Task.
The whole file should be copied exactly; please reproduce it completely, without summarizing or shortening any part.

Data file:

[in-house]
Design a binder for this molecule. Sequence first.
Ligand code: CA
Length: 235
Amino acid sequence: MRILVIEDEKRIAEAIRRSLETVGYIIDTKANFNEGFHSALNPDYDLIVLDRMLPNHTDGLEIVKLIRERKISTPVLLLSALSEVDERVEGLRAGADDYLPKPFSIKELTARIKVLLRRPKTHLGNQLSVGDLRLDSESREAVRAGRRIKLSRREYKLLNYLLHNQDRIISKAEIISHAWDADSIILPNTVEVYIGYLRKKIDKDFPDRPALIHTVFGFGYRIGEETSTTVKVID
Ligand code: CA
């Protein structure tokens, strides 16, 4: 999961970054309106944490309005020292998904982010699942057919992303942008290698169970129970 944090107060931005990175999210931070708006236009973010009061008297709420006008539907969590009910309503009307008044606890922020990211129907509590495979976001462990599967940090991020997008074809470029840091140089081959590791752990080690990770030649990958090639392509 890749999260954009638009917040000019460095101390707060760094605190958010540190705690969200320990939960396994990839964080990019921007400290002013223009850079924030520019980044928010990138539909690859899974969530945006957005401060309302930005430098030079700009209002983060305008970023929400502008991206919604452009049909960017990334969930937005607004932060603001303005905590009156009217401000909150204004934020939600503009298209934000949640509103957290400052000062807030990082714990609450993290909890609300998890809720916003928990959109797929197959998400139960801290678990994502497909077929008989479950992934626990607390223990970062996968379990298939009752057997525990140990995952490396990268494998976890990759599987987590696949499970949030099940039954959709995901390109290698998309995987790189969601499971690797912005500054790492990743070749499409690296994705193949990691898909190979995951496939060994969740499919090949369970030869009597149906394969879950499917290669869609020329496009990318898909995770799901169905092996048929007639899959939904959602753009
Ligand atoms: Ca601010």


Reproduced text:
[in-house]
Design a binder for this molecule. Sequence first.
Ligand code: CA
Length: 235
Amino acid sequence: MRILVIEDEKRIAEAIRRSLETVGYIIDTKANFNEGFHSALNPDYDLIVLDRMLPNHTDGLEIVKLIRERKISTPVLLLSALSEVDERVEGLRAGADDYLPKPFSIKELTARIKVLLRRPKTHLGNQLSVGDLRLDSESREAVRAGRRIKLSRREYKLLNYLLHNQDRIISKAEIISHAWDADSIILPNTVEVYIGYLRKKIDKDFPDRPALIHTVFGFGYRIGEETSTTVKVID
Ligand code: CA
């Protein structure tokens, strides 16, 4: 999961970054309106944490309005020292998904982010699942057919992303942008290698169970129970 944090107060931005990175999210931070708006236009973010009061008297709420006008539907969590009910309503009307008044606890922020990211129907509590495979976001462990599967940090991020997008074809470029840091140089081959590791752990080690990770030649990958090639392509 890749999260954009638009917040000019460095101390707060760094605190958010540190705690969200320990939960396994990839964080990019921007400290002013223009850079924030520019980044928010990138539909690859899974969530945006957005401060309302930005430098030079700009209002983060305008970023929400502008991206919604452009049909960017990334969930937005607004932060603001303005905590009156009217401000909150204004934020939600503009298209934000949640509103957290400052000062807030990082714990609450993290909890609300998890809720916003928990959109797929197959998400139960801290678990994502497909077929008989479950992934626990607390223990970062996968379990298939009752057997525990140990995952490396990268494998976890990759599987987590696949499970949030099940039954959709995901390109290698998309995987790189969601499971690797912005500054790492990743070749499409690296994705193949990691898909190979995951496939060994969740499919090949369970030869009597149906394969879950499917290669869609020329496009990318898909995770799901169905092996048929007639899959939904959602753009
Ligand atoms: Ca601010």